One afternoon last October, Adam Goldston met with his twin brother, Ryan, in their company's Beverly Hills, California offices to draw up marketing plans. Back then, their sporting goods start-up, Athletic Propulsion Labs, faced a problem. It only sold one product.

It was a basketball sneaker that the brothers branded as the Concept 1. The shoe came in two color schemes—green and black or green, white, and black. Priced at $300, it cost more than three times a basketball shoe's average price, according to data from the National Sporting Goods Association. But, as clinical tests had proven, the sneaker could elevate the average athlete's vertical leap by one to three inches because of a compression-force technology that the brothers—former USC basketball players—spent four years inventing.

Since the sneaker's debut in March 2010, APL had sold a couple thousand of the shoes. They wanted to expand brand awareness and the market for the shoe, and so, they found themselves brainstorming marketing ideas in Adam's office.

They'd hoped the NBA would approve the shoe for on-court use, and had met with league officials back in July. They wouldn't hear anything back from the league, until an NBA executive called Adam that afternoon: the NBA had decided not to allow players to wear APL's shoes, the official told Adam on the phone. It would give them an "undue advantage," according to an NBA statement released the next day.

The phone call lasted less than two minutes. Adam hung up, and then filled his brother in on the conversation. At first, the two were shocked, Adam says—their shoes were one of the only products in history to receive an NBA ban. And then, after a couple minutes, wide grins spread over their faces.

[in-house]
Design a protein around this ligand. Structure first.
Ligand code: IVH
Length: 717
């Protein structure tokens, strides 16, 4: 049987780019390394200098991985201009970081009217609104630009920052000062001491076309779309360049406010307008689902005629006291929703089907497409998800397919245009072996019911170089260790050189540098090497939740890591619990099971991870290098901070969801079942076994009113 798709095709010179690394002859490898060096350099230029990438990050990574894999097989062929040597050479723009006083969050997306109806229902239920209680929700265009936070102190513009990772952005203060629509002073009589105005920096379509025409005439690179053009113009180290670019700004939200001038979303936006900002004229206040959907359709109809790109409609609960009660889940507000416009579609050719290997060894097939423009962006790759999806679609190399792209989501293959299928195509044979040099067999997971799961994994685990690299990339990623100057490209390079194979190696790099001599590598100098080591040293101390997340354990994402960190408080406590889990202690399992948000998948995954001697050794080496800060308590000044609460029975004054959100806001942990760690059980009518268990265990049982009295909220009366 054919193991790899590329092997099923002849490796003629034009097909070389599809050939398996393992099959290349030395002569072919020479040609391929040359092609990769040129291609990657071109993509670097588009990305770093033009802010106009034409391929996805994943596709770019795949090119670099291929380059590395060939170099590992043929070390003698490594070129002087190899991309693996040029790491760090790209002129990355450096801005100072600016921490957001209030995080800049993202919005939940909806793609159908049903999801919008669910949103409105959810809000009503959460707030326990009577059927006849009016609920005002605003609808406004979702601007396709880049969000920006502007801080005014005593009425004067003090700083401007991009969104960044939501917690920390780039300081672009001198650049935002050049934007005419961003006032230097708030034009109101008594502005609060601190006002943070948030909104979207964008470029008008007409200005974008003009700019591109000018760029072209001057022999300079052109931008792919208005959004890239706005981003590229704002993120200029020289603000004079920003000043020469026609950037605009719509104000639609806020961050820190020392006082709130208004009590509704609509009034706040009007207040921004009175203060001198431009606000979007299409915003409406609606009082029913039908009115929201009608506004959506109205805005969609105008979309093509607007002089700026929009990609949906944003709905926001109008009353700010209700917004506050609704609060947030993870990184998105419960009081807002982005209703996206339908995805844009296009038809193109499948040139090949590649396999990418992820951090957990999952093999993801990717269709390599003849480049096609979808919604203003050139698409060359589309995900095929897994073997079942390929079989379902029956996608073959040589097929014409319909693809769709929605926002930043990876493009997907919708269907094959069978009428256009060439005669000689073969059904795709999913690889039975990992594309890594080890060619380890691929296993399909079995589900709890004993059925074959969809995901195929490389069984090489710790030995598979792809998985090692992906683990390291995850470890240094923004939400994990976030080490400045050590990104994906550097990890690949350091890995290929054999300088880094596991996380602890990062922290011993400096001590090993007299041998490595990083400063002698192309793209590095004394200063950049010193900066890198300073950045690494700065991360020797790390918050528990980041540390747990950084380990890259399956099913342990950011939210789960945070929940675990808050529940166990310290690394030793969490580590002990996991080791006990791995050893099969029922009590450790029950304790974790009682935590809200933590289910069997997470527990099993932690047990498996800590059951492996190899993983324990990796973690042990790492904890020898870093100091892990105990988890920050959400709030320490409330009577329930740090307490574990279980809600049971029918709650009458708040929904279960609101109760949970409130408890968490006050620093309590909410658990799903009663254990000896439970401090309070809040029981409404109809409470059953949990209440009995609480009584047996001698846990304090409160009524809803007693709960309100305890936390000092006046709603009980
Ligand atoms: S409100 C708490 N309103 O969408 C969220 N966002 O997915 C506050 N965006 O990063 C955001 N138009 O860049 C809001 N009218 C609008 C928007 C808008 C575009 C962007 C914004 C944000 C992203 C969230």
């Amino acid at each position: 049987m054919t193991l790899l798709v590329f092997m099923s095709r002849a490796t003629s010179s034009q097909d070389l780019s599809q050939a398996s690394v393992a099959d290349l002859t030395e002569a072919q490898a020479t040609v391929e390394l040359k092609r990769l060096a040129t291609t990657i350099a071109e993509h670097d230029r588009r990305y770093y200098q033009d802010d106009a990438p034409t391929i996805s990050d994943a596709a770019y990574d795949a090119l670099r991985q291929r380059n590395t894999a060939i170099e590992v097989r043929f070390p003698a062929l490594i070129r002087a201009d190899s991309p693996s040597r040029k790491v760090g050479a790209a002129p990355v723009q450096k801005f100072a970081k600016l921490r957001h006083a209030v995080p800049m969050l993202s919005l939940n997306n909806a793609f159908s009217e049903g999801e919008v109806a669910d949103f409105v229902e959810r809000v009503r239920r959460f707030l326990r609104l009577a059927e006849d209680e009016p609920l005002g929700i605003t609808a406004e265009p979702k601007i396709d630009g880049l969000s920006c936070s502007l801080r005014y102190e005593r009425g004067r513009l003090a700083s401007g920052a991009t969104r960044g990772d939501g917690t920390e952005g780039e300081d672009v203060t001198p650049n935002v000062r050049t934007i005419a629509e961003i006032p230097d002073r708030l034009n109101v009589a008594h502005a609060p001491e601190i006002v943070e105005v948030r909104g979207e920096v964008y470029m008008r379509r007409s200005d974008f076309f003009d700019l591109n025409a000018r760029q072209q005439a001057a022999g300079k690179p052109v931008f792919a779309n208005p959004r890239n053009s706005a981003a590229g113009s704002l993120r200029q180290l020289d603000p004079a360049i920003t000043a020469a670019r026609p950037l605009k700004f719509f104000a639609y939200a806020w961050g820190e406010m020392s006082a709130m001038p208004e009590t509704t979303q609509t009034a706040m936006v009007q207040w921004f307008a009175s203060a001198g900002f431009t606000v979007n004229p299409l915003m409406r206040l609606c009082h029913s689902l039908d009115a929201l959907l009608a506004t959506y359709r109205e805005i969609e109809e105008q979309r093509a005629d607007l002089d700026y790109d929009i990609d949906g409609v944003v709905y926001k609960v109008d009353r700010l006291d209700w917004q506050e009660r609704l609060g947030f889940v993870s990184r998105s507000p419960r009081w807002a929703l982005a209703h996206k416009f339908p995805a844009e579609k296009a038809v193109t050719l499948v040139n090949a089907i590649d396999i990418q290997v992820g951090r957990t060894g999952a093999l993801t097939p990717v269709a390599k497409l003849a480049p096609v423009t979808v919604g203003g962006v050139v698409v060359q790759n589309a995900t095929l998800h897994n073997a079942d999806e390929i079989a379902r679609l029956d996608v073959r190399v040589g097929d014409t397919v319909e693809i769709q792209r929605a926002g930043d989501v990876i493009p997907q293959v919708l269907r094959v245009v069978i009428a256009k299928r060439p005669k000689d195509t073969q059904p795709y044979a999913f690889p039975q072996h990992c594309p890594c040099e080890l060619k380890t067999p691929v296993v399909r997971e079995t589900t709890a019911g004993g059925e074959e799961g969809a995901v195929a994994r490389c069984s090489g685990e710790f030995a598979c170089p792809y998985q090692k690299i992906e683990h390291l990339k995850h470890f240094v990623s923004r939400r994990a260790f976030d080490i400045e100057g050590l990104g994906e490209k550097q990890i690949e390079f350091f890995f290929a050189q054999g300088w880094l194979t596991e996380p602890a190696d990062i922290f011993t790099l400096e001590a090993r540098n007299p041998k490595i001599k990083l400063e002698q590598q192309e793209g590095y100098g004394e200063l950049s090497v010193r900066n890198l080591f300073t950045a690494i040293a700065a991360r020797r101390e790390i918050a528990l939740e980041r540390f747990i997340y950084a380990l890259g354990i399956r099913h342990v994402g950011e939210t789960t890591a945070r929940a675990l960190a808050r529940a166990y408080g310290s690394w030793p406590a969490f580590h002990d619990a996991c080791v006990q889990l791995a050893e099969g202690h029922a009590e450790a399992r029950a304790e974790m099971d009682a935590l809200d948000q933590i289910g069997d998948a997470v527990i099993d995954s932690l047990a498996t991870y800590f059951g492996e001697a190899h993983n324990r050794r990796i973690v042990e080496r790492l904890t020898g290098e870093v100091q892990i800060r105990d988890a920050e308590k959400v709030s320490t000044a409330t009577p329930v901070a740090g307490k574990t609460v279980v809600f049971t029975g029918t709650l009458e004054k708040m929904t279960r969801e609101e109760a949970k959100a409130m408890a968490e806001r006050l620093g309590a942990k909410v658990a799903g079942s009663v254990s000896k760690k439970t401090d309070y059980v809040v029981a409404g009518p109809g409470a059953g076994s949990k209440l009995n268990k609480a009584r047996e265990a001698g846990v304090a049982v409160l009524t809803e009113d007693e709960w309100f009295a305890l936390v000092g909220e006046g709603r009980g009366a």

"This was going to be the biggest thing for us…We didn't even have any marketing made up then," he says. "We knew we had to embrace it because no one else had ever had this opportunity."

The next day, the NBA publicly announced the ban. Life for the Goldstons turned crazy shortly after. News outlets—everything from ESPN to The New York Times—picked up the story. APL's website crashed that day, and it took eight hours and eight new servers to get it back online. The twins could soon only manage five hours or so of sleep each night, Ryan says.

This attention was intense, but profitable as well. APL sold more shoes each day than in the previous months combined. (The Goldstons declined to provide revenue or sales figures.) APL experienced growth that would've taken years—and a great deal of investment—in a matter of days. "You know in The Incredible Hulk when he gets hit with the gamma rays?" Adam says. "This was our gamma ray shot."